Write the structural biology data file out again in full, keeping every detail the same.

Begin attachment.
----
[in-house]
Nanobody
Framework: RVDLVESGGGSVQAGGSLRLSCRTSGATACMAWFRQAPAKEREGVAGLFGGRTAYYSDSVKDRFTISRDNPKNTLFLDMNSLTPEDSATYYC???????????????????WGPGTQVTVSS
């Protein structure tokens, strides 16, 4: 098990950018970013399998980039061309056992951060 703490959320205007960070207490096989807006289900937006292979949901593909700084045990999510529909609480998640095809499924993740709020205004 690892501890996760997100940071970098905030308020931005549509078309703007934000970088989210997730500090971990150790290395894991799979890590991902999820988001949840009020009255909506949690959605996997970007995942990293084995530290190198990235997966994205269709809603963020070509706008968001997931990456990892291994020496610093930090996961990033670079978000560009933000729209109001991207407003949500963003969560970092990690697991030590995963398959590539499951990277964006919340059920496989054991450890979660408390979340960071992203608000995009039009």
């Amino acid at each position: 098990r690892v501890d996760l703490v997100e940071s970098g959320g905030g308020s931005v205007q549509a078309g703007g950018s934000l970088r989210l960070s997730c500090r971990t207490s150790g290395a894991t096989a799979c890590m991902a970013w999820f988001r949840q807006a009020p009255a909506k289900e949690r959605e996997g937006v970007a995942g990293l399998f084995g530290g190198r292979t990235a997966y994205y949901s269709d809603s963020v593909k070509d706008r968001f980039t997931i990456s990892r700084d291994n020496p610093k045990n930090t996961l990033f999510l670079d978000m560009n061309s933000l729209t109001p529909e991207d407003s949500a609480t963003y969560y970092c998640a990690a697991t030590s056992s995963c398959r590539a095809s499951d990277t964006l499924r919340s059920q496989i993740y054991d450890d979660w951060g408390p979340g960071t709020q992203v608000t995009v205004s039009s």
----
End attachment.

[in-house]
Nanobody
Framework: RVDLVESGGGSVQAGGSLRLSCRTSGATACMAWFRQAPAKEREGVAGLFGGRTAYYSDSVKDRFTISRDNPKNTLFLDMNSLTPEDSATYYC???????????????????WGPGTQVTVSS
């Protein structure tokens, strides 16, 4: 098990950018970013399998980039061309056992951060 703490959320205007960070207490096989807006289900937006292979949901593909700084045990999510529909609480998640095809499924993740709020205004 690892501890996760997100940071970098905030308020931005549509078309703007934000970088989210997730500090971990150790290395894991799979890590991902999820988001949840009020009255909506949690959605996997970007995942990293084995530290190198990235997966994205269709809603963020070509706008968001997931990456990892291994020496610093930090996961990033670079978000560009933000729209109001991207407003949500963003969560970092990690697991030590995963398959590539499951990277964006919340059920496989054991450890979660408390979340960071992203608000995009039009």
């Amino acid at each position: 098990r690892v501890d996760l703490v997100e940071s970098g959320g905030g308020s931005v205007q549509a078309g703007g950018s934000l970088r989210l960070s997730c500090r971990t207490s150790g290395a894991t096989a799979c890590m991902a970013w999820f988001r949840q807006a009020p009255a909506k289900e949690r959605e996997g937006v970007a995942g990293l399998f084995g530290g190198r292979t990235a997966y994205y949901s269709d809603s963020v593909k070509d706008r968001f980039t997931i990456s990892r700084d291994n020496p610093k045990n930090t996961l990033f999510l670079d978000m560009n061309s933000l729209t109001p529909e991207d407003s949500a609480t963003y969560y970092c998640a990690a697991t030590s056992s995963c398959r590539a095809s499951d990277t964006l499924r919340s059920q496989i993740y054991d450890d979660w951060g408390p979340g960071t709020q992203v608000t995009v205004s039009s």